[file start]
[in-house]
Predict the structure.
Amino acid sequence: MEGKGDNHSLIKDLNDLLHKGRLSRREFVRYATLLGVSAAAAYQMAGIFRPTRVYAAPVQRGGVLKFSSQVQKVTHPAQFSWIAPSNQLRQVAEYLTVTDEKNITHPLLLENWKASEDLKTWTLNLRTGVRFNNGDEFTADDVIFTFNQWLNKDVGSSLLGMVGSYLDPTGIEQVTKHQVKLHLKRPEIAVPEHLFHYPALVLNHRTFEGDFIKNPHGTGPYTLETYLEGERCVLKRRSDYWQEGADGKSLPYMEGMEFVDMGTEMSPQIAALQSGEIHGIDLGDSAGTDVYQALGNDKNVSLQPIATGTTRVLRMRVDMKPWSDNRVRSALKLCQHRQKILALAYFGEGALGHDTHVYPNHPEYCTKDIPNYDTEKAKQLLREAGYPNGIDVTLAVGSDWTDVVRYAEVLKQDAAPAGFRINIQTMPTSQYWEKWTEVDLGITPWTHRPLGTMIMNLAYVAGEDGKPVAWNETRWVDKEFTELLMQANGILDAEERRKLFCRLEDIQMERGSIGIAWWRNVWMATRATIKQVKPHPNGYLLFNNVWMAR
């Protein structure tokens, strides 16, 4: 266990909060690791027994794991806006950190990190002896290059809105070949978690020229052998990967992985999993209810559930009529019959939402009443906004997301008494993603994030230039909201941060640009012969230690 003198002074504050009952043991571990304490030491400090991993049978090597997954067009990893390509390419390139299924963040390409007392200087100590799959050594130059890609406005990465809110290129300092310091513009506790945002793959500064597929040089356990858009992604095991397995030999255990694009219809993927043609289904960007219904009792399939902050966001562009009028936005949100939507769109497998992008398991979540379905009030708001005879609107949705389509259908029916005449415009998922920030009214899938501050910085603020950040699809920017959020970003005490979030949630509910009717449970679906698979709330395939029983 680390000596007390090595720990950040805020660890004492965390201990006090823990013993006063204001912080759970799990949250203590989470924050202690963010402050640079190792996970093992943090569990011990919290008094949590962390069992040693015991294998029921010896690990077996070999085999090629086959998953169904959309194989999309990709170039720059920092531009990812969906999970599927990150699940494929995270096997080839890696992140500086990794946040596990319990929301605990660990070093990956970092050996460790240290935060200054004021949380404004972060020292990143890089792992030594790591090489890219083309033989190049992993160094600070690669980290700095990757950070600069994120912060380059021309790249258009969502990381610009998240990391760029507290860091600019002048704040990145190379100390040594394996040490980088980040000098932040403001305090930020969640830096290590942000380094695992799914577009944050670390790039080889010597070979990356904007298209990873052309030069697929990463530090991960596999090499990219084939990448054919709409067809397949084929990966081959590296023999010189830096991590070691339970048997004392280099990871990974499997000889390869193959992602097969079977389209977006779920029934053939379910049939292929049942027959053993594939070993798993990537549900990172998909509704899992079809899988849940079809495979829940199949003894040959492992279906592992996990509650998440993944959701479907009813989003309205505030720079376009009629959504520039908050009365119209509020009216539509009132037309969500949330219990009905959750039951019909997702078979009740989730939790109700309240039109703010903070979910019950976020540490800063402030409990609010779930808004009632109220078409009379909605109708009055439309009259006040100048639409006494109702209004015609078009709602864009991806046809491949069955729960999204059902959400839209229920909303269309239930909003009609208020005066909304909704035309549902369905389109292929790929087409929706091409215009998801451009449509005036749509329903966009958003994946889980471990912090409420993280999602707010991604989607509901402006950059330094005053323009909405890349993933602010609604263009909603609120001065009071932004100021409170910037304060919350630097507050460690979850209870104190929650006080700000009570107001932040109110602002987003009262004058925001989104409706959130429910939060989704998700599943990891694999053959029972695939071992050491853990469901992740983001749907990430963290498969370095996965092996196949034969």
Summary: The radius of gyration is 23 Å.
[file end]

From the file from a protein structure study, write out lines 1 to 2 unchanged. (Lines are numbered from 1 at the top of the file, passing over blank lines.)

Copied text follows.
[in-house]
Predict the structure.